Data from observational and interventional studies demonstrate the key role of diet on both human health and environmental sustainability. However, there is a lack of studies investigating the environmental impact of children's dietary behavior. In this regard, detailed information on population-level intakes is required to translate these findings into possible recommendations.
The aim of this study was to investigate the nutritional composition of the diet and its related environmental impact in a sample of Italian primary school children (n = 200, 8–11 years, 52% F - 48% M).
Children completed a 3-day food record twice, in winter and spring. Dietary records were processed to obtain mean daily data on food group intakes. Mean daily energy and nutrient intakes were computed applying the Italian food database of the European Institute of Oncology, while (poly)phenolic compound contents were estimated from the Phenol-Explorer or by specific searches in the most up to date scientific literature. The mean daily environmental impact was estimated through the Barilla Center for Food and Nutrition environmental database taking into account the carbon footprint and ecological footprint. Children's BMI was calculated by measuring height and weight at the beginning of each assessment week.
No differences in children's BMI as well as in the consumption of food groups were found between the two seasons. The intra-individual variability was low but a high inter-individual variability was registered. Energy and nutrient intakes were similar between the two seasons and were found to be in line with national data referred to school age children. Adherence to the Italian nutritional recommendations (LARN) was not satisfied for total fats, sugars, and some vitamins and minerals. The main contributors to the phenolic intake were flavonoids and phenolic acids, while the most representative subclasses were flavan-3-ols and hydroxycinnamic acids. Main dietary sources of (poly)phenolic compounds were fruit juices, apples, pears, potatoes, and tomatoes. Carbon and ecological footprints were higher during winter and the main dietary contributors were red meat; milk, yogurt and dairies; pizza and focaccia, for both indexes.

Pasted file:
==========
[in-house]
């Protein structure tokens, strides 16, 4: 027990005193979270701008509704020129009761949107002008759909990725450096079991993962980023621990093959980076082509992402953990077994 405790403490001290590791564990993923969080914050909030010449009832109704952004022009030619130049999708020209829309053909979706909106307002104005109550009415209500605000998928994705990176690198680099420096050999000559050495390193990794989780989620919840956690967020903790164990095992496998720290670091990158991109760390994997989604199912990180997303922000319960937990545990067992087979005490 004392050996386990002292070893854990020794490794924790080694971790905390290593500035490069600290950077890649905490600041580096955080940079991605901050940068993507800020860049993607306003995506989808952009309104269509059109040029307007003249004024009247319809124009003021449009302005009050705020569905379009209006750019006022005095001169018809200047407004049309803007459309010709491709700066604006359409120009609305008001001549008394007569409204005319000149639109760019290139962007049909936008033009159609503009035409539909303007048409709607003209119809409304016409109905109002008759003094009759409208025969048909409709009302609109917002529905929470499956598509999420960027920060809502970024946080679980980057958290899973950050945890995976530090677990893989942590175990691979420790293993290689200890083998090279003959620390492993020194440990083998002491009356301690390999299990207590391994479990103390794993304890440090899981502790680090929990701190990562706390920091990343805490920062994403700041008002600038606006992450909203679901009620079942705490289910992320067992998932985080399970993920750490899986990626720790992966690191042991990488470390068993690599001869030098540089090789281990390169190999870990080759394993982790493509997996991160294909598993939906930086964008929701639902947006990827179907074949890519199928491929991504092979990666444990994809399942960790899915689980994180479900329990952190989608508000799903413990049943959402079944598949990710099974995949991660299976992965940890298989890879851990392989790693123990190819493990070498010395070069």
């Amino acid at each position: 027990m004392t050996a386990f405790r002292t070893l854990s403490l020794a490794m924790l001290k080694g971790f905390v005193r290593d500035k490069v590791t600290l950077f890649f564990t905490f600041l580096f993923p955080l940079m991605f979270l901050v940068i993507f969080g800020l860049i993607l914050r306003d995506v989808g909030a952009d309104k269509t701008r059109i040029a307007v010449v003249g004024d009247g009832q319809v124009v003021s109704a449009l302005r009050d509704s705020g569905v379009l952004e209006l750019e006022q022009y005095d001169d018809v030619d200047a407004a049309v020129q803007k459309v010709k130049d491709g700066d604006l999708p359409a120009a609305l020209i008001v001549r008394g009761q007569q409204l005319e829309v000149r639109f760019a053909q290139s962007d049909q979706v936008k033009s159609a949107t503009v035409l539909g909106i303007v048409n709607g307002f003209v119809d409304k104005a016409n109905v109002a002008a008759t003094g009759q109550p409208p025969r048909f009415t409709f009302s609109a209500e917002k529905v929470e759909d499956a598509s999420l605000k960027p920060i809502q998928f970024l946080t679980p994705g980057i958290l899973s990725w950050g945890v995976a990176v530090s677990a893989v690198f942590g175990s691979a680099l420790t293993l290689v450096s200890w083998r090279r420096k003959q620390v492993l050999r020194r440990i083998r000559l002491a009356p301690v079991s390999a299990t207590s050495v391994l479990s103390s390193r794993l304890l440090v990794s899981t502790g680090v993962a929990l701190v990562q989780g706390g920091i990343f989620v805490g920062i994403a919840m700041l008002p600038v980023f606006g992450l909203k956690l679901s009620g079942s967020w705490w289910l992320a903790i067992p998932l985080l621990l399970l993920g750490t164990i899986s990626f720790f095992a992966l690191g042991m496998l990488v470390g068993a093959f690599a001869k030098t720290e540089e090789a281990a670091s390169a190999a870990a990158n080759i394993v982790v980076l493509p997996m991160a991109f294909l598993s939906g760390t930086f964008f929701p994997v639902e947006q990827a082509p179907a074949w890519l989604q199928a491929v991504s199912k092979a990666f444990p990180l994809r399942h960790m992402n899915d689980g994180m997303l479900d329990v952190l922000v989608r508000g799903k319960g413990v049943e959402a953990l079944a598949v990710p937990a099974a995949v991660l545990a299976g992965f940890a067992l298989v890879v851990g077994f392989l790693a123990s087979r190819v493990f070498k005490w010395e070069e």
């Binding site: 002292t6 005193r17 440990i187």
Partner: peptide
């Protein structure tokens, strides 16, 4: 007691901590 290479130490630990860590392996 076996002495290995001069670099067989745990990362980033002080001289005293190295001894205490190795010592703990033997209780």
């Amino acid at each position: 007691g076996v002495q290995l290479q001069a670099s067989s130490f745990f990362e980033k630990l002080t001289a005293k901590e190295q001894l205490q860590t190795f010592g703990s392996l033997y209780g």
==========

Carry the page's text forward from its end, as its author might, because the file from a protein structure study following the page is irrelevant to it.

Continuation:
This study provided the first comprehensive analysis of the nutritional composition and the environmental impact of Italian primary school children diet. Further research is needed to evaluate children habitual diet for investigating a possible relationship between health and environmental sustainability. Moreover, school education programs have to be implemented for promoting healthy and sustainable dietary behaviors.